Come Thursday, things were different.
“I’m energized by last night,” said Harvey Almarode, a retired teacher from nearby Stuarts Draft, Va., who said he was previously “skeptical about how the campaign was going.”
Romney’s combination of aggressively battling Mr. Obama while maintaining a “gentlemanly manner” was “awesome. It really exceeded all my expectations,” he said.
On a night when Romney and running mate Paul Ryan, who was also in attendance, received the endorsement of the National Rifle Association, the former governor of Massachusetts used points from the debate to try to drive home long-standing criticisms of Obama.
“I got the chance to ask the president questions that people across the country have wanted to ask him, such as why is it that he pushed ‘Obamacare’ at a time when we had 23 million people out of work,” Romney said.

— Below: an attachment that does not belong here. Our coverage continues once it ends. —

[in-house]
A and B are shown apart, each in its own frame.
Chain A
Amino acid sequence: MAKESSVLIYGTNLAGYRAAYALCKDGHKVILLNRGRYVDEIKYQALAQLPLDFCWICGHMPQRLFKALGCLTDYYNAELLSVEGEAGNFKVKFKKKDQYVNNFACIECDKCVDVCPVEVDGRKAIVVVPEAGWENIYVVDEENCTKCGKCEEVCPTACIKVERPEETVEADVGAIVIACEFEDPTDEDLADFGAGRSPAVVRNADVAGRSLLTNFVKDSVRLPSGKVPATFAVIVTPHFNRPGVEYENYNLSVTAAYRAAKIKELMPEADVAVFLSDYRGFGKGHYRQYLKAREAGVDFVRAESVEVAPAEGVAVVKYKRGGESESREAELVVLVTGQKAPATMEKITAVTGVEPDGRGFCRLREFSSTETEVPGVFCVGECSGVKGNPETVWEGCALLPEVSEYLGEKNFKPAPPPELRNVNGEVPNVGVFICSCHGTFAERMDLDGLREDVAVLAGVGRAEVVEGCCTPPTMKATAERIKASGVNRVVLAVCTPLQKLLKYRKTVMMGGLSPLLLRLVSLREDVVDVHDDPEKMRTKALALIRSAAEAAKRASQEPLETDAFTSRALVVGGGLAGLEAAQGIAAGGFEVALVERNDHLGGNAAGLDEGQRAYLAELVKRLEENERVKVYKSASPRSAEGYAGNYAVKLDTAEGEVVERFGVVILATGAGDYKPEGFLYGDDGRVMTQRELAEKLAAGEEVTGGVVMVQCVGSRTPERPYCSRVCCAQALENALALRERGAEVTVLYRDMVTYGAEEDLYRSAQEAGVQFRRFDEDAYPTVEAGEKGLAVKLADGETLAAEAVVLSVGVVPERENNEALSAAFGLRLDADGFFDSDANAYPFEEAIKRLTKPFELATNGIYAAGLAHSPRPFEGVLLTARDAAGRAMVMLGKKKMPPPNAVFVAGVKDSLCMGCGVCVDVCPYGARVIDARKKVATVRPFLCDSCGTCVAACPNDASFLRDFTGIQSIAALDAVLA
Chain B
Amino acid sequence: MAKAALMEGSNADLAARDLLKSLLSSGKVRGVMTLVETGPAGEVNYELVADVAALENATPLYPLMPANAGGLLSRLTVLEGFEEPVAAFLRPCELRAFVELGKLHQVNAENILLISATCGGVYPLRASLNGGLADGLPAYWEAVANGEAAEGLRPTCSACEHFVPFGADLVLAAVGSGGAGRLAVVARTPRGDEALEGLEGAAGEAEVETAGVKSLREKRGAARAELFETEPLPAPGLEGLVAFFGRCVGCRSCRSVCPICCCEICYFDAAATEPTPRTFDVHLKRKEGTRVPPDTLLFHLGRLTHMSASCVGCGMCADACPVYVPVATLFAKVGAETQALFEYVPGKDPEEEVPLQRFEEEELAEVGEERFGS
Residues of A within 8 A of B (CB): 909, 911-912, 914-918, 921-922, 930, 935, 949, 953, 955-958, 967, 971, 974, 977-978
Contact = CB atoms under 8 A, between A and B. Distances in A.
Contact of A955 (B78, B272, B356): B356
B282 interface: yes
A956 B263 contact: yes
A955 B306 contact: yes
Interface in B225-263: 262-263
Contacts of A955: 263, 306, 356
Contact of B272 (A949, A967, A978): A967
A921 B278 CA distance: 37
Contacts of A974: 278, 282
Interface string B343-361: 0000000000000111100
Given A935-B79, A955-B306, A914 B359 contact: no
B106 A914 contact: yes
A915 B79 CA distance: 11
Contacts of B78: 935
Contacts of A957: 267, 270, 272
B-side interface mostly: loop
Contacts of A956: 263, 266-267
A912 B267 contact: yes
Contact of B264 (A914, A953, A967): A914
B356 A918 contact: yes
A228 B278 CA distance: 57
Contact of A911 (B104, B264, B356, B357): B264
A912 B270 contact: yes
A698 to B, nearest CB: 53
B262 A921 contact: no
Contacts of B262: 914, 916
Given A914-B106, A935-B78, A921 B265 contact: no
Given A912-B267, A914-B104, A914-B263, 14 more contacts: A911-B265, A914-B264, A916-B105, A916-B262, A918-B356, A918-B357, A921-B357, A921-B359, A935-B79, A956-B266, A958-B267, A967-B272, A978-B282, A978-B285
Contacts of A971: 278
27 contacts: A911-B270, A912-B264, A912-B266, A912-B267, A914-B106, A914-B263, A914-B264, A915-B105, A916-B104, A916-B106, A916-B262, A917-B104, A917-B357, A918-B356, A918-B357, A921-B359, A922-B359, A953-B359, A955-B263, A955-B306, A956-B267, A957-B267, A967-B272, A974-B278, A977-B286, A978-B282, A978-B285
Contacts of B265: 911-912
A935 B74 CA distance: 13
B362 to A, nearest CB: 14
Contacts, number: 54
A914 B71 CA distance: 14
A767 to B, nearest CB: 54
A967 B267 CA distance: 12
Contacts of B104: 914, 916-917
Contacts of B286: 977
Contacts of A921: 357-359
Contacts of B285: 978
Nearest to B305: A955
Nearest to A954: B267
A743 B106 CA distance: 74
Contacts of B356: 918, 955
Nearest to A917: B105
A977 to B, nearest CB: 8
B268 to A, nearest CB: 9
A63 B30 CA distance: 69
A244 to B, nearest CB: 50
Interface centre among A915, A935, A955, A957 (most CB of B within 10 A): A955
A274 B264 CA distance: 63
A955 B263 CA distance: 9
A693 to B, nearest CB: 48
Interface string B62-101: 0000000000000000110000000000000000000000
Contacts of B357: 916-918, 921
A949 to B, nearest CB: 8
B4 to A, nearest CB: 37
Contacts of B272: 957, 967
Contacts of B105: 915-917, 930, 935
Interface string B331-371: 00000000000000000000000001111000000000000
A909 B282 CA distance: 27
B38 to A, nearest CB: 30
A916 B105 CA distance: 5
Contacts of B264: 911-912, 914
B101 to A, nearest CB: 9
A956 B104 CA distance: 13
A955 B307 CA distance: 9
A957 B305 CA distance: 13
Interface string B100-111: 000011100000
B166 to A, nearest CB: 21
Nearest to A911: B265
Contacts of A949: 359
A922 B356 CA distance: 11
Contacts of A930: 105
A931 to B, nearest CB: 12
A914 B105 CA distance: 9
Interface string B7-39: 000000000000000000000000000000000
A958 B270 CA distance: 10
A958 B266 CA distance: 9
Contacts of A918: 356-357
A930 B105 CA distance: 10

“I asked, you know: Why is it that the middle class is still buried in this country? Why is it we have 23 million people out of work? Why is it half of our kids coming out of college can't find good jobs? Why is it that 1 out of 6 people have fallen into poverty?” he continued.
Romney’s debate performance may even reverberate in the state’s ultracompetitive Senate race between two former governors, Tim Kaine (D) and Mr. Allen. Several recent polls had shown both Obama and Kaine opening up wider leaders on their Republican competitors.
Bob Holsworth, a longtime analyst of Virginia politics, believes Romney put an end to the GOP’s polling doldrums in the commonwealth on Wednesday night.